Tuesday, 19 July 2016

Bit Count In Product

Bit Count In Product. Explain with examples:

Write a function:
int solution(int A, int B);
that, given two non-negative integers A and B, returns the number of bits set to 1 in the binary representation of the number A * B.
For example, given A = 3 and B = 7 the function should return 3, because the binary representation of A * B = 3 * 7 = 21 is 10101 and it contains three bits set to 1.
Assume that:
·   A and B are integers within the range [0..100,000,000].
In your solution, focus on correctness. The performance of your solution will not be the focus of the assessment.

Answer:
The process of finding the set bits explained below
   n =  9 (1001)
   count = 0

   Since 9 > 0, subtract by 1 and do bitwise & with (9-1)
   n = 9&8  (1001 & 1000)
   n = 8
   count  = 1

   Since 8 > 0, subtract by 1 and do bitwise & with (8-1)
   n = 8&7  (1000 & 0111)
   n = 0

   count = 2

Since n = 0, return count which is 2 now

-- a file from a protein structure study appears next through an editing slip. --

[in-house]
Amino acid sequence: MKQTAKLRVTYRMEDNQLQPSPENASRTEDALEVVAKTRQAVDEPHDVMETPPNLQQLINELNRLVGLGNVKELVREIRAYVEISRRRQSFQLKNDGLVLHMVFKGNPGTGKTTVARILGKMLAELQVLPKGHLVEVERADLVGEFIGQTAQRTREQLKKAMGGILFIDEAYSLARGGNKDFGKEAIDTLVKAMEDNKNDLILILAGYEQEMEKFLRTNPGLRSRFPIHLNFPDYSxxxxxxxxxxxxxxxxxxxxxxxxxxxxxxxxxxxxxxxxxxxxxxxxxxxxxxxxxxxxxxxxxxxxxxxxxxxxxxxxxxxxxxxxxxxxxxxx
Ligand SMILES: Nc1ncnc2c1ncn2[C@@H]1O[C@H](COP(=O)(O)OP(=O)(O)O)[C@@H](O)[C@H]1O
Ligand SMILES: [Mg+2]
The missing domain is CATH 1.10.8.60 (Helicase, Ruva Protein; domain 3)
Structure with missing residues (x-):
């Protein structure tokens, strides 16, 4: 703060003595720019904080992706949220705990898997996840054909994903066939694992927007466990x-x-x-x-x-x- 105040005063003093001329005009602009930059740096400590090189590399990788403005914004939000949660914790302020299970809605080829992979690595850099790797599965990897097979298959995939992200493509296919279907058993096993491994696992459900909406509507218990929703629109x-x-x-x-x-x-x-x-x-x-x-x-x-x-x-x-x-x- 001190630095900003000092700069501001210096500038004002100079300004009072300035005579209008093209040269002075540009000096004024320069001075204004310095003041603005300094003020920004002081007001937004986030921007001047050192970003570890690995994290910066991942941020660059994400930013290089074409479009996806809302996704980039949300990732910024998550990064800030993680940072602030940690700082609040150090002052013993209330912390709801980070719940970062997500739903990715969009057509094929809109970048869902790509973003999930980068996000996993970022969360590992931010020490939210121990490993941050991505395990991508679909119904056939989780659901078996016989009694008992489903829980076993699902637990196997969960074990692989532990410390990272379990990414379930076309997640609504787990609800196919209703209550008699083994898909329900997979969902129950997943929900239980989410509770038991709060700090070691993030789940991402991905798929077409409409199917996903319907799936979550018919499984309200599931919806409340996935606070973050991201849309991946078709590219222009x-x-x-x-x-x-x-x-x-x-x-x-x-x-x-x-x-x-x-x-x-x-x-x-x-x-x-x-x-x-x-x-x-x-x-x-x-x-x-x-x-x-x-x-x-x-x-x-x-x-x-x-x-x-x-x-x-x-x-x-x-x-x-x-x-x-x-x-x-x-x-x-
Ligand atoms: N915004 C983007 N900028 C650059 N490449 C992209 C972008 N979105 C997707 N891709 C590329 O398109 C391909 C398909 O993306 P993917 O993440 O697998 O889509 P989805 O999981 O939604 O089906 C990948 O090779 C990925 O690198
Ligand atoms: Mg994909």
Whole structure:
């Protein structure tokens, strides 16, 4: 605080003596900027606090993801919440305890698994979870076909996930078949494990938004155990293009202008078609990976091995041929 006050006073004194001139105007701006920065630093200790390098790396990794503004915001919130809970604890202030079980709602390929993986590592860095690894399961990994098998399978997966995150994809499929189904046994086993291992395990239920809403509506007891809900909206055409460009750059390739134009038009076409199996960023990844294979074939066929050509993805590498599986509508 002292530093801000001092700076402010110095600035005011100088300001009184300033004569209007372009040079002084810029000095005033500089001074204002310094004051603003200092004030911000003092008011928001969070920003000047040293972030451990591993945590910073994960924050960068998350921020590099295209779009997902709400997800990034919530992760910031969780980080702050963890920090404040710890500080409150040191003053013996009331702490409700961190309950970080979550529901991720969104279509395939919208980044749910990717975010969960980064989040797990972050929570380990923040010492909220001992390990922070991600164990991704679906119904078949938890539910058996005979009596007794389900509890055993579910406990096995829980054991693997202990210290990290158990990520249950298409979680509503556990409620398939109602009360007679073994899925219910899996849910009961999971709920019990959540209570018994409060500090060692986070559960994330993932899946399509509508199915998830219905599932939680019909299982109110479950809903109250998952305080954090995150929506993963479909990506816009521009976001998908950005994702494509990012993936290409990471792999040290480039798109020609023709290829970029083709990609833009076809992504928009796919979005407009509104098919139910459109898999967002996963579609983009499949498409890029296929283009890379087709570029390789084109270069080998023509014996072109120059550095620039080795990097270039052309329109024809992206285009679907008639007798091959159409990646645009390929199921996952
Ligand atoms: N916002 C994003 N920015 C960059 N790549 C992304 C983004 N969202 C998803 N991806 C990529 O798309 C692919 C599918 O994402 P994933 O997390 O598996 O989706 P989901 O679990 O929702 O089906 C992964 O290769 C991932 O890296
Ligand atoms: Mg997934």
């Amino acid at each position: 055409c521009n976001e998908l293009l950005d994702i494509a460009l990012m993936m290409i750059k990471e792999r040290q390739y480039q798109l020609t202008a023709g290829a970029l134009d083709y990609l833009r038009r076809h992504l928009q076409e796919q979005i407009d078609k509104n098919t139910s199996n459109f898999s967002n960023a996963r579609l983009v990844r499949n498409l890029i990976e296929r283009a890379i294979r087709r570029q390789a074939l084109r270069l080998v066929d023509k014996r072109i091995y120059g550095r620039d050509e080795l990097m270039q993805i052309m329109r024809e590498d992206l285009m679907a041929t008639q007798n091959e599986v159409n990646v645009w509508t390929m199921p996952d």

NOTE: The time Complexity: 
O(logn)

Multiplication of two bits:

unsigned
hash( char const* str )
{
    unsigned hash = 0;
    while ( * str != '\0' ) {
        hash = 127 * hash + (unsigned char)* str;
        ++ str;
    }
    return hash;
}
Finding the set bit count: The below functions are used to get no of set bits in binary representation of passed binary no.
int count_SetBits(unsigned int n)
{
  unsigned int count = 0;
  while(n)
  {
    count += n & 1;
    n >>= 1;
  }
  return count;
}
/* Program to test function count_SetBits */
int main()
{
    int iHash = hash (“TEMP”);
    printf ("%d", count_SetBits(iHash));
    getchar ();
    return 0;
}
In the better way see below code:
int Cnt_SetBits(unsigned int value) {
    int count;
    for (count = 0; value != 0; count++, value &= value-1);
    return count;
}
The code relies on the fact that the expression x &= x-1; removes the rightmost bit from xthat is set. We keep doing so until no more 1's are removed. This technique is described in K&R. This approach is superior because it doesn't depend on an integer's size - it's totally portable - and it tests every bit in a fairly efficient way (with the comparison value != 0). Also, you might want to replace 32 in main() with sizeof(int)*CHAR_BIT so that your code doesn't depend on an integer using 32 bits:
#include 
#include 
int Cnt_SetBits(unsigned int);

int main()
 {
     unsigned int inVal;
     short unsigned int Value_SetBit;
     printf("Please Enter value (between 0 to 4,294,967,295) : ");
     scanf("%u",&inVal);
     Value_SetBit = Cnt_SetBits(inVal);
 
     printf("\nThe Number has \"%d\" 1's and \"%zu\" 0's",Value_SetBit,sizeof(int)*CHAR_BIT-Value_SetBit);
     return 0;
 }

No comments: